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I don’t come specifically from a yeshivishe background, I was a ger, sephardi Modox Machmir and actually never felt ‘right’ among FFB/BT yeshivishe-oriented peers (but did go to O.S. in Monsey, visited Lakewood ONCE and survived…). Though I no longer identify as Jewish (having been a ger, that might be understandable to an FFB), and also due to a still-elaborating disentanglement with the notions of Rabbinic Judaism/Perushim-claimed historical hegemonies (on the parameters of defining Jewish/Jews, beliefs, practice, what “judaism taught/teaches”, etc), but I definitely understand a measure of the simple ‘cultural’ awkwardness and ‘not quite fitting in’, even though I was only Odox for about 10 years – I still had fostered the desired dissonance with the NJ world around me and about me, and in terms of my past. But if you grew up frum, I can definitely imagine what dissonance you may feel, in particular, having been around many such families. To my mind, spiritually there IS continuity with ‘observant judaism’, in terms of specific aspects that Orthodox [rabbinic] Judaism has maintained and contained, and Catholicism – not on Rabbinic terms, but Christ’s terms with his people, in liturgy and the various theological ‘ologies’, also continuity around Beit haMikdash, korbanot, role of Israel, but I disgress…
*Without bringing up your Catholicism* per se, you might find help with OTD forums, etc, in terms of generally relating to all the non-Jewish ‘worlds’ outside of the ‘eruv’, and might help piece together where the ‘disconnects’ may be between yourself and parish life. It IS a whole other cultural/communal experience, and if you haven’t had other cultural experiences, that may be at the heart of it. Myself, I was Chrismated (Confirmed), in a Middle Eastern Byzantine Catholic where culturally, people are very hospitable, etc – whereas many Roman Catholic communities, especially in the US, are notable not that way by comparison, and not infrequently perfunctory and ‘brisk’ – I have NO problem with that, in fact I DO recognize a measure of similarity from “ffb” synagogue experiences in the past, and have found the “anonymity” sometimes what I’d prefer in a Mass/Liturgy.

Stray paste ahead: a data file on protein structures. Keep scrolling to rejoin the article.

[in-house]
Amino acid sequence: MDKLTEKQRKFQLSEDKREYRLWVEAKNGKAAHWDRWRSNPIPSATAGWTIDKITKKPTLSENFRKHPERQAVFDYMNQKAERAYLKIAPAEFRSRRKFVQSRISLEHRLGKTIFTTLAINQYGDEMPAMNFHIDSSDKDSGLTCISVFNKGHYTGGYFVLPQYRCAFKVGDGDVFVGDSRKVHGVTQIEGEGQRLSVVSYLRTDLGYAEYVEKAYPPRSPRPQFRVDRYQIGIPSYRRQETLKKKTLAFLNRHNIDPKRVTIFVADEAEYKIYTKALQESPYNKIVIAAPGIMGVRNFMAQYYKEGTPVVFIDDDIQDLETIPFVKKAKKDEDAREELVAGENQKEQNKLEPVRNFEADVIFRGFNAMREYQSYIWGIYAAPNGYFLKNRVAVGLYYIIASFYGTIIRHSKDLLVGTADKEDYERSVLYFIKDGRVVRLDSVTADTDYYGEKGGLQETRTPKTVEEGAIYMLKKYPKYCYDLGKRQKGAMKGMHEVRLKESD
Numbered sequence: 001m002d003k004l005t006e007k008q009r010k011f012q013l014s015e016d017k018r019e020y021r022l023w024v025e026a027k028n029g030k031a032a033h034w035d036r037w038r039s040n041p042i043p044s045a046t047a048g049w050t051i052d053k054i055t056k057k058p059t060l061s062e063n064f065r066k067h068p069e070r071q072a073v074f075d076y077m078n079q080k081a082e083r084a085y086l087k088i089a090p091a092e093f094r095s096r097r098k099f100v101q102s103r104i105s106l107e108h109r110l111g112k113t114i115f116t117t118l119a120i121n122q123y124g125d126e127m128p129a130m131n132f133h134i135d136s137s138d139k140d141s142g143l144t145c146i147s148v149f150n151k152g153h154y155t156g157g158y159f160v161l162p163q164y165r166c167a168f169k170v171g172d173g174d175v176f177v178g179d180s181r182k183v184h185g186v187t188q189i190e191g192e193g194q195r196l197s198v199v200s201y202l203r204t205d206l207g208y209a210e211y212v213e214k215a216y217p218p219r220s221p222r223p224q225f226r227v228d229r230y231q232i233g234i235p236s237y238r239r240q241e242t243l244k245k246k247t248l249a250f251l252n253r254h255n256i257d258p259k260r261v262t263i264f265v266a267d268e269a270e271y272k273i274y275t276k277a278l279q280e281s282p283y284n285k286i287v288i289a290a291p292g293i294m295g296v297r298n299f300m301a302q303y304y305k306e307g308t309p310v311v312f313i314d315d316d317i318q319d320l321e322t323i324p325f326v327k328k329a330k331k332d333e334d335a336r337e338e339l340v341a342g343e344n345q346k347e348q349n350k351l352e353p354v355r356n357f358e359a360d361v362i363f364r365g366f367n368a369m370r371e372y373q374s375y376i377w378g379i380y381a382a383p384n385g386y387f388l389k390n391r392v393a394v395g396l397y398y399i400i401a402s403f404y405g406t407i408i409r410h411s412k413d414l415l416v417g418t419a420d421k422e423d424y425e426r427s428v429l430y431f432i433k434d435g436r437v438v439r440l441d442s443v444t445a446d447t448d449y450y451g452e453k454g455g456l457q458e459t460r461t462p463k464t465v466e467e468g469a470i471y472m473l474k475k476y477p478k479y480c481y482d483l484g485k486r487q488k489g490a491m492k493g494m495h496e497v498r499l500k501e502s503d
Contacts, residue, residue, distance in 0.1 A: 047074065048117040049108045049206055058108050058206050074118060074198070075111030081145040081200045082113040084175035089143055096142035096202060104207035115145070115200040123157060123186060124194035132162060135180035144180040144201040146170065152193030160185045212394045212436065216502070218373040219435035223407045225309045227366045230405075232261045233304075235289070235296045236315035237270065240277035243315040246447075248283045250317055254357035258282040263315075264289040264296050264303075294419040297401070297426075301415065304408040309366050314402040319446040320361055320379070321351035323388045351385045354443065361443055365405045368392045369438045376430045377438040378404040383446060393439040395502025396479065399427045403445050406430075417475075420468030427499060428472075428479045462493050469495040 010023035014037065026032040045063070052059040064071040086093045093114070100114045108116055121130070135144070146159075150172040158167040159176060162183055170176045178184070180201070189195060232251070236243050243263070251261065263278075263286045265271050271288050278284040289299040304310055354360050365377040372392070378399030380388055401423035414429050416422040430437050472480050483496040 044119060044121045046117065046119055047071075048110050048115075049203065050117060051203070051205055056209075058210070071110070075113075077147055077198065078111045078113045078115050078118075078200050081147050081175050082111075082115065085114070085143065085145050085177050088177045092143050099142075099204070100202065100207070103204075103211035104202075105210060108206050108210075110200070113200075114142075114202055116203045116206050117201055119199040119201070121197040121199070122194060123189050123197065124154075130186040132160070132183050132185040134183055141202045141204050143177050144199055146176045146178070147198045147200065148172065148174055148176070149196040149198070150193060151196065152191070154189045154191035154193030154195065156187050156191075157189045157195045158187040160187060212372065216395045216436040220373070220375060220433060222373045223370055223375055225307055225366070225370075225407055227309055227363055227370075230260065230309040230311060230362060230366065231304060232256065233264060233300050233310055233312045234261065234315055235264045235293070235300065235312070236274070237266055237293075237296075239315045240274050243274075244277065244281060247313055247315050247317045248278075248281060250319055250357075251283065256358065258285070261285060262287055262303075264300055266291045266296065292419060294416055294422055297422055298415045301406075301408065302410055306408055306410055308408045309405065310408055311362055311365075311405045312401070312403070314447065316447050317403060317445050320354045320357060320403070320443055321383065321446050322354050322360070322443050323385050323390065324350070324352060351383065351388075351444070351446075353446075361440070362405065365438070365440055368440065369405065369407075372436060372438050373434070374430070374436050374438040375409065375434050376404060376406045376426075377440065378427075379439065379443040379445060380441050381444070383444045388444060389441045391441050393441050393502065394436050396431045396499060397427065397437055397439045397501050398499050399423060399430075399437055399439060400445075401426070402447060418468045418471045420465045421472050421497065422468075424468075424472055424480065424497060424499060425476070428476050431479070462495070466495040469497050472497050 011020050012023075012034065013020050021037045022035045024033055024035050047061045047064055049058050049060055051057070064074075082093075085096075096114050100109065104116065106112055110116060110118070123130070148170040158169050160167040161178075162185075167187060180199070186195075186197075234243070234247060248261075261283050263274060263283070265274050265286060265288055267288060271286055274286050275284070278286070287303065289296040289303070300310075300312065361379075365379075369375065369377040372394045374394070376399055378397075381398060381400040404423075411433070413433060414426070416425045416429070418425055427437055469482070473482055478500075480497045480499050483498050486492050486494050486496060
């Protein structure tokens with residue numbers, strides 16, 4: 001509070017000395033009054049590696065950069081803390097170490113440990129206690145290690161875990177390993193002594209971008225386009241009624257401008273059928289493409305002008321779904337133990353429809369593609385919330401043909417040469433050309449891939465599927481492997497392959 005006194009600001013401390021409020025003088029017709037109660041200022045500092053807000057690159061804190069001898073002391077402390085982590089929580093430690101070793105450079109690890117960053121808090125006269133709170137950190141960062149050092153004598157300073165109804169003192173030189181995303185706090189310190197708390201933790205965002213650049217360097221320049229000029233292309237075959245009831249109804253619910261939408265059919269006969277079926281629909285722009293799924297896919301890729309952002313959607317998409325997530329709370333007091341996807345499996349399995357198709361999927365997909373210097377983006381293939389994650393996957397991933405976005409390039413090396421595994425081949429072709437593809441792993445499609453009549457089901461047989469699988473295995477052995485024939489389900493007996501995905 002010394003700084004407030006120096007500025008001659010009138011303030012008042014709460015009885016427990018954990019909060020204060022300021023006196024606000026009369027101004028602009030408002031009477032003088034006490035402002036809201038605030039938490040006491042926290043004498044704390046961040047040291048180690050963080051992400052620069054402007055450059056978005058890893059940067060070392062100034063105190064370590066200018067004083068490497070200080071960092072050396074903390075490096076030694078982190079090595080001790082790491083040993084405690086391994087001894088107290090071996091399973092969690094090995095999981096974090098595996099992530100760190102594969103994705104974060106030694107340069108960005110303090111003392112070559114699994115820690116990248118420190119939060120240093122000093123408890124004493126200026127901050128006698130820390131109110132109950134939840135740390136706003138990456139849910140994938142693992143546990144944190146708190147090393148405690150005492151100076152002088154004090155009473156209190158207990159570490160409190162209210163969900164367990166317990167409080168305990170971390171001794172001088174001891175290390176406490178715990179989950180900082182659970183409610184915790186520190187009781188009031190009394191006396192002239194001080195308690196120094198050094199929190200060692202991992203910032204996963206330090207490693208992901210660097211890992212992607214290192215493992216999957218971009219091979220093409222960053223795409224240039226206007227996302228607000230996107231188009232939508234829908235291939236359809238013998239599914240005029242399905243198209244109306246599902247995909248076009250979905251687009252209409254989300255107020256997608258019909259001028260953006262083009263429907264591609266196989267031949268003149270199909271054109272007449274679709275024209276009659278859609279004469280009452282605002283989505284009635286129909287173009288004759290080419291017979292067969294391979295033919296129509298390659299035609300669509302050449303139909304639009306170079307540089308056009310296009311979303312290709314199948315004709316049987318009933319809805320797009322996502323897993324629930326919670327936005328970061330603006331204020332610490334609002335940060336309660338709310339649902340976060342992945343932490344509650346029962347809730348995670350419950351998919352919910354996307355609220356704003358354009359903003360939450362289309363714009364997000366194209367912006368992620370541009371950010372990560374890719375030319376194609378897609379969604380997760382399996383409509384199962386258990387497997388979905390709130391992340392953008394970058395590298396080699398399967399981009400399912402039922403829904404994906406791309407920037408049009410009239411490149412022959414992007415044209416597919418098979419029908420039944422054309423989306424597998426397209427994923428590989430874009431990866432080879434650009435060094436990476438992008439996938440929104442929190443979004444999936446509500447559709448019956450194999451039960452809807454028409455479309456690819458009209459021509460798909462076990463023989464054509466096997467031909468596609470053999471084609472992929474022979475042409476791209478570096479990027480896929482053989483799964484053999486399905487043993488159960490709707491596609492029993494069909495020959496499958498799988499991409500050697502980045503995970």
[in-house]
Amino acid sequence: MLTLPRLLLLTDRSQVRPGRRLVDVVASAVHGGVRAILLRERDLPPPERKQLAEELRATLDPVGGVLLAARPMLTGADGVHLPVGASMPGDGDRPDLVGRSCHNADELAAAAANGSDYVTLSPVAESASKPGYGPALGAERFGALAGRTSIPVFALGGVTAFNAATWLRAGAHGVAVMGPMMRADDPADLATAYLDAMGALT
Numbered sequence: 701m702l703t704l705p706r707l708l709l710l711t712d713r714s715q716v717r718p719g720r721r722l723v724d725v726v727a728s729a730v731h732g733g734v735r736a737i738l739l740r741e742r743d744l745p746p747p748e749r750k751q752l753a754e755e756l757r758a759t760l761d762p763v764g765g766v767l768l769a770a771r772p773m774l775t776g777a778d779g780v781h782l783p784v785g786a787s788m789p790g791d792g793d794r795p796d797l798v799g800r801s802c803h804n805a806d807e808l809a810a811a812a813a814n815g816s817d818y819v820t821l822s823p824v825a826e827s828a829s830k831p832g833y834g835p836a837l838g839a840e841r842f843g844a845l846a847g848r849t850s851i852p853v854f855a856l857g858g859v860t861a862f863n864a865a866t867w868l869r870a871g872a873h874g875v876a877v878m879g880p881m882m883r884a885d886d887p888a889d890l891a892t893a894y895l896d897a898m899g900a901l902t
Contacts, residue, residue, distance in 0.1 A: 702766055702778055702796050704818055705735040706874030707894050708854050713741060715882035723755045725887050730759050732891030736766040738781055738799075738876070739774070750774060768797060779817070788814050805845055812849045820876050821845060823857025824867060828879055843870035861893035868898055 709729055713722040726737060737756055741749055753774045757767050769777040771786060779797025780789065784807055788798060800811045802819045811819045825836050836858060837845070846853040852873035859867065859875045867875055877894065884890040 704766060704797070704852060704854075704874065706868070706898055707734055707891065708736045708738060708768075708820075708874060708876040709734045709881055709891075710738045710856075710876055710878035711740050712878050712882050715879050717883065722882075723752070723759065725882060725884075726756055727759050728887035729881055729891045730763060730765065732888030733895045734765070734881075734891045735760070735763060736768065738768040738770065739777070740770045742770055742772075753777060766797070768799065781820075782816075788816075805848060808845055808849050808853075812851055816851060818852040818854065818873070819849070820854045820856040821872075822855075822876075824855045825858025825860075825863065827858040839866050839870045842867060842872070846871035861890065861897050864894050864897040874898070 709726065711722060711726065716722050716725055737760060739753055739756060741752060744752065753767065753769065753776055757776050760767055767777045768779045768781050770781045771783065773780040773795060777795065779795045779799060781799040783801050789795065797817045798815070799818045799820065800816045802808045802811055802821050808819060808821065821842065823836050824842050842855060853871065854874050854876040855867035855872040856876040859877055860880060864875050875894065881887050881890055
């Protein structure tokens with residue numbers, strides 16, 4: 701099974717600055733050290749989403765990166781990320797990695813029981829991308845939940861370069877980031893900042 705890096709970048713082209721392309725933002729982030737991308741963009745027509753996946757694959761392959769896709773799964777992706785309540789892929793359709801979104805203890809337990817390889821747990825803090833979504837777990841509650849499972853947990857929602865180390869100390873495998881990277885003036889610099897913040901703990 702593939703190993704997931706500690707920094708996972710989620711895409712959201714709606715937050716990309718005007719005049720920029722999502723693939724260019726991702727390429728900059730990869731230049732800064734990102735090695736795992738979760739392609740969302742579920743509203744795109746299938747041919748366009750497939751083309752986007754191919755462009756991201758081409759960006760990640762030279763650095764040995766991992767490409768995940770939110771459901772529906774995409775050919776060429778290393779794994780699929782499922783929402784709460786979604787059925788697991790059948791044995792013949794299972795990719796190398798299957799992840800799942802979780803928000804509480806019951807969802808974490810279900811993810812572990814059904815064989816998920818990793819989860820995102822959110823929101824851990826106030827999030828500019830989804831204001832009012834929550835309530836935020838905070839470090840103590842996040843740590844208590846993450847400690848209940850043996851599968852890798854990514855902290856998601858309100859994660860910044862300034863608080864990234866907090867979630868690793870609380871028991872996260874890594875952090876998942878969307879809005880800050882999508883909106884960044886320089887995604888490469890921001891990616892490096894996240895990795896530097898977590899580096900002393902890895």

There is a volume in the last few years translated from French by a BT from a French-Maghrib family who became yeshivishe then a Chabadnik (yes, long strange trip), and now Catholic, called “from the kippah to the cross” by Jean-Marie Élie Setbon. That also may be helpful, I’m not sure he’s fluent in English though, as I did reach out to him in French, but he gave only a brief “hello” response, and didn’t seem to want to connect. Best of grace in finding your situation in Christ!